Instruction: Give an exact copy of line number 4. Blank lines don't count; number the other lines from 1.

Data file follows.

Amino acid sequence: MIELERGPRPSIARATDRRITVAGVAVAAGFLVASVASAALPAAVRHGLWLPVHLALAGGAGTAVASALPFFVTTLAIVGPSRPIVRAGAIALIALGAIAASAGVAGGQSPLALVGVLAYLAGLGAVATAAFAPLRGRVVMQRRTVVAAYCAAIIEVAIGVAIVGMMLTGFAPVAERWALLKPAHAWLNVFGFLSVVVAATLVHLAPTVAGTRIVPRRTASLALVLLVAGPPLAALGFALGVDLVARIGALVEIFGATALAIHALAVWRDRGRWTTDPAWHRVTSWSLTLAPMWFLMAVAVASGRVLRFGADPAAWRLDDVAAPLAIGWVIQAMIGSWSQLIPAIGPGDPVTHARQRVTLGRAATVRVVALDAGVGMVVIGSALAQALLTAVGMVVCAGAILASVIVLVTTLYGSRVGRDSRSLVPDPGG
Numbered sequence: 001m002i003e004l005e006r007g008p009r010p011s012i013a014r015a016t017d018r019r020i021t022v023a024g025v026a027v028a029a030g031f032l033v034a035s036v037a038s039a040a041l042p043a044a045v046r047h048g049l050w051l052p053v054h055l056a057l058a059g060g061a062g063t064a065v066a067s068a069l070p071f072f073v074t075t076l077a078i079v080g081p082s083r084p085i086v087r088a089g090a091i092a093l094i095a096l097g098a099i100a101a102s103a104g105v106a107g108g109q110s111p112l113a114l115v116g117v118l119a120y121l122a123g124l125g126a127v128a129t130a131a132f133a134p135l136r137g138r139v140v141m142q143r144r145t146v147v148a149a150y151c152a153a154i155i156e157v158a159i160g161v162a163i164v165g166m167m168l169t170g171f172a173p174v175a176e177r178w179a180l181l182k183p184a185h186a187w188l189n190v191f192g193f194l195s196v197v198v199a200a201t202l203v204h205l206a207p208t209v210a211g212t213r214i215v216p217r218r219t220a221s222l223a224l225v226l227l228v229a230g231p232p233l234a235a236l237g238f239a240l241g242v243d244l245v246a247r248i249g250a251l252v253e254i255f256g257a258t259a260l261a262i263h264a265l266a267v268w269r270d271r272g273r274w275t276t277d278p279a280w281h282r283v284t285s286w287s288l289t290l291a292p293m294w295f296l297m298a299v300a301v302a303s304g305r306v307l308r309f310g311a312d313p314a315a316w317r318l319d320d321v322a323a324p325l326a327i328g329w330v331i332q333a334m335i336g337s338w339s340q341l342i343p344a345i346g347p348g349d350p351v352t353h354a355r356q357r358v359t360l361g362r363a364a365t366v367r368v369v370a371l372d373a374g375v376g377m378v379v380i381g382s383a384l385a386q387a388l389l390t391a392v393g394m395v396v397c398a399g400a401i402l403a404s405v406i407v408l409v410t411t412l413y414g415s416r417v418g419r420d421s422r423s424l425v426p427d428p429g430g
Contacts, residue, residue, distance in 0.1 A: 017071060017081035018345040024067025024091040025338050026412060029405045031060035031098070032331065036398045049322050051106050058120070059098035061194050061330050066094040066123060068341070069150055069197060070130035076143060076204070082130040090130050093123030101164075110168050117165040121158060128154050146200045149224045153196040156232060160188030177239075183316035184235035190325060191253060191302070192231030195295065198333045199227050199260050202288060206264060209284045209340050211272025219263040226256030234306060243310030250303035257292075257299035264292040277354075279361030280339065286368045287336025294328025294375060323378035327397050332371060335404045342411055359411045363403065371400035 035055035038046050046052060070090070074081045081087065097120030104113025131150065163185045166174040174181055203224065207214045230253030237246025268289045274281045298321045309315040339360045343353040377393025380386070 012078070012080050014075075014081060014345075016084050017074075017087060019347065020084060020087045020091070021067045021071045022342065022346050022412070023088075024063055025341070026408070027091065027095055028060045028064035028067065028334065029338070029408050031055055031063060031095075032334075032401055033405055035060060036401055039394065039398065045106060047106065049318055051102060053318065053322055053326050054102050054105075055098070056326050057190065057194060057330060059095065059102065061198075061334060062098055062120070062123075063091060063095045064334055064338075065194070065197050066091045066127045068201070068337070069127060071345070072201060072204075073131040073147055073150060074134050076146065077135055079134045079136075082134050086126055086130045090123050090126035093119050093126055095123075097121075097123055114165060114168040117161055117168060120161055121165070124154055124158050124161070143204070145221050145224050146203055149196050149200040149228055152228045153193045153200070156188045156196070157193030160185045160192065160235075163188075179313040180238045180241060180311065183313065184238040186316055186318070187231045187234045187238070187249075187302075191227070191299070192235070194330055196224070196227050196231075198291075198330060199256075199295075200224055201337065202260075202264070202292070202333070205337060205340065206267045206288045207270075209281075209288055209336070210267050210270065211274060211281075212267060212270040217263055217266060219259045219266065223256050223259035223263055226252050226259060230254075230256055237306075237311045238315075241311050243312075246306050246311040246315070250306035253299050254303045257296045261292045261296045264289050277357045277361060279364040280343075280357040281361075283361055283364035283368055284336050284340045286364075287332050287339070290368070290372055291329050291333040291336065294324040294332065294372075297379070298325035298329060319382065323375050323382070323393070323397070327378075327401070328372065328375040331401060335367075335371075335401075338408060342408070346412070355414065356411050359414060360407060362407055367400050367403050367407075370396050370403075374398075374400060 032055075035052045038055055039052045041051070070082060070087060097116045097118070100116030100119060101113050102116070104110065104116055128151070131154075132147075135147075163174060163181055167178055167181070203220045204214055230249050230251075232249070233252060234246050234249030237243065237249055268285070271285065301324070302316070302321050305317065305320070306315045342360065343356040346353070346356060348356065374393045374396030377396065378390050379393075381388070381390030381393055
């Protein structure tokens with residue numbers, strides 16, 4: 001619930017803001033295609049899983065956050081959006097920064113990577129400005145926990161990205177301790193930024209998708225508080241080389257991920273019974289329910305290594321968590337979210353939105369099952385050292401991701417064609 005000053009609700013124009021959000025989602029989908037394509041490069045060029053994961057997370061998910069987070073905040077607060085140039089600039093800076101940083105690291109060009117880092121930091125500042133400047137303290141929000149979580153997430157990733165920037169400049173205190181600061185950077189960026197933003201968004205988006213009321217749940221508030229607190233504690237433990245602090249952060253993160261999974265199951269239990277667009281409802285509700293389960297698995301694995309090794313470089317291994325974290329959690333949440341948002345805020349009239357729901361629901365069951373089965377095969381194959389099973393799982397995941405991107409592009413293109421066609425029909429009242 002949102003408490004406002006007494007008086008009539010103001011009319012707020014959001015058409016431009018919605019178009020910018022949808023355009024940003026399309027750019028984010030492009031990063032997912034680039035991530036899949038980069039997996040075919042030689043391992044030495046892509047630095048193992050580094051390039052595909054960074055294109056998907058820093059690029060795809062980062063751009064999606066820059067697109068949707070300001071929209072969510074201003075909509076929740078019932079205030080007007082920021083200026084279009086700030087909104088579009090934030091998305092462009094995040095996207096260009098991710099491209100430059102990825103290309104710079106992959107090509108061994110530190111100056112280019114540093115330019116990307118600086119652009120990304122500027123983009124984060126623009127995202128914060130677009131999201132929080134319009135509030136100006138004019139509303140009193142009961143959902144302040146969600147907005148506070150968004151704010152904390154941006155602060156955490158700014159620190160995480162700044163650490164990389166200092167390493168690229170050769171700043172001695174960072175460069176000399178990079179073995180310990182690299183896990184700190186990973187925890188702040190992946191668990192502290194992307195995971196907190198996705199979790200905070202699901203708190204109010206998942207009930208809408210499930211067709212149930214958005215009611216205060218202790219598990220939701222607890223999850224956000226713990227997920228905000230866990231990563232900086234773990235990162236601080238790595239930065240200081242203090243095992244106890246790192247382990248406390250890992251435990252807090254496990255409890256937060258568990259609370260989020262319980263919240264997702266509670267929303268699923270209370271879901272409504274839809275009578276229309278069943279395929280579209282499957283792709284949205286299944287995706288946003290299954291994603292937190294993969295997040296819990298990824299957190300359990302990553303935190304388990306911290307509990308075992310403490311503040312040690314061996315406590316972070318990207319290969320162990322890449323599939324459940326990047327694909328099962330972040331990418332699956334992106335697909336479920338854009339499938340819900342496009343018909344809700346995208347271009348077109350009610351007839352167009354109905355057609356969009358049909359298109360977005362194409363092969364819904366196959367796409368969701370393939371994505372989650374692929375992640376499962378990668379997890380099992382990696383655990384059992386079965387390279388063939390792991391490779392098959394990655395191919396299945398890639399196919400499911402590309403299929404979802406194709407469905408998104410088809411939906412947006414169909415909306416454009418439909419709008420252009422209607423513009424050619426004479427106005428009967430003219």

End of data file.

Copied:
């Protein structure tokens with residue numbers, strides 16, 4: 001619930017803001033295609049899983065956050081959006097920064113990577129400005145926990161990205177301790193930024209998708225508080241080389257991920273019974289329910305290594321968590337979210353939105369099952385050292401991701417064609 005000053009609700013124009021959000025989602029989908037394509041490069045060029053994961057997370061998910069987070073905040077607060085140039089600039093800076101940083105690291109060009117880092121930091125500042133400047137303290141929000149979580153997430157990733165920037169400049173205190181600061185950077189960026197933003201968004205988006213009321217749940221508030229607190233504690237433990245602090249952060253993160261999974265199951269239990277667009281409802285509700293389960297698995301694995309090794313470089317291994325974290329959690333949440341948002345805020349009239357729901361629901365069951373089965377095969381194959389099973393799982397995941405991107409592009413293109421066609425029909429009242 002949102003408490004406002006007494007008086008009539010103001011009319012707020014959001015058409016431009018919605019178009020910018022949808023355009024940003026399309027750019028984010030492009031990063032997912034680039035991530036899949038980069039997996040075919042030689043391992044030495046892509047630095048193992050580094051390039052595909054960074055294109056998907058820093059690029060795809062980062063751009064999606066820059067697109068949707070300001071929209072969510074201003075909509076929740078019932079205030080007007082920021083200026084279009086700030087909104088579009090934030091998305092462009094995040095996207096260009098991710099491209100430059102990825103290309104710079106992959107090509108061994110530190111100056112280019114540093115330019116990307118600086119652009120990304122500027123983009124984060126623009127995202128914060130677009131999201132929080134319009135509030136100006138004019139509303140009193142009961143959902144302040146969600147907005148506070150968004151704010152904390154941006155602060156955490158700014159620190160995480162700044163650490164990389166200092167390493168690229170050769171700043172001695174960072175460069176000399178990079179073995180310990182690299183896990184700190186990973187925890188702040190992946191668990192502290194992307195995971196907190198996705199979790200905070202699901203708190204109010206998942207009930208809408210499930211067709212149930214958005215009611216205060218202790219598990220939701222607890223999850224956000226713990227997920228905000230866990231990563232900086234773990235990162236601080238790595239930065240200081242203090243095992244106890246790192247382990248406390250890992251435990252807090254496990255409890256937060258568990259609370260989020262319980263919240264997702266509670267929303268699923270209370271879901272409504274839809275009578276229309278069943279395929280579209282499957283792709284949205286299944287995706288946003290299954291994603292937190294993969295997040296819990298990824299957190300359990302990553303935190304388990306911290307509990308075992310403490311503040312040690314061996315406590316972070318990207319290969320162990322890449323599939324459940326990047327694909328099962330972040331990418332699956334992106335697909336479920338854009339499938340819900342496009343018909344809700346995208347271009348077109350009610351007839352167009354109905355057609356969009358049909359298109360977005362194409363092969364819904366196959367796409368969701370393939371994505372989650374692929375992640376499962378990668379997890380099992382990696383655990384059992386079965387390279388063939390792991391490779392098959394990655395191919396299945398890639399196919400499911402590309403299929404979802406194709407469905408998104410088809411939906412947006414169909415909306416454009418439909419709008420252009422209607423513009424050619426004479427106005428009967430003219």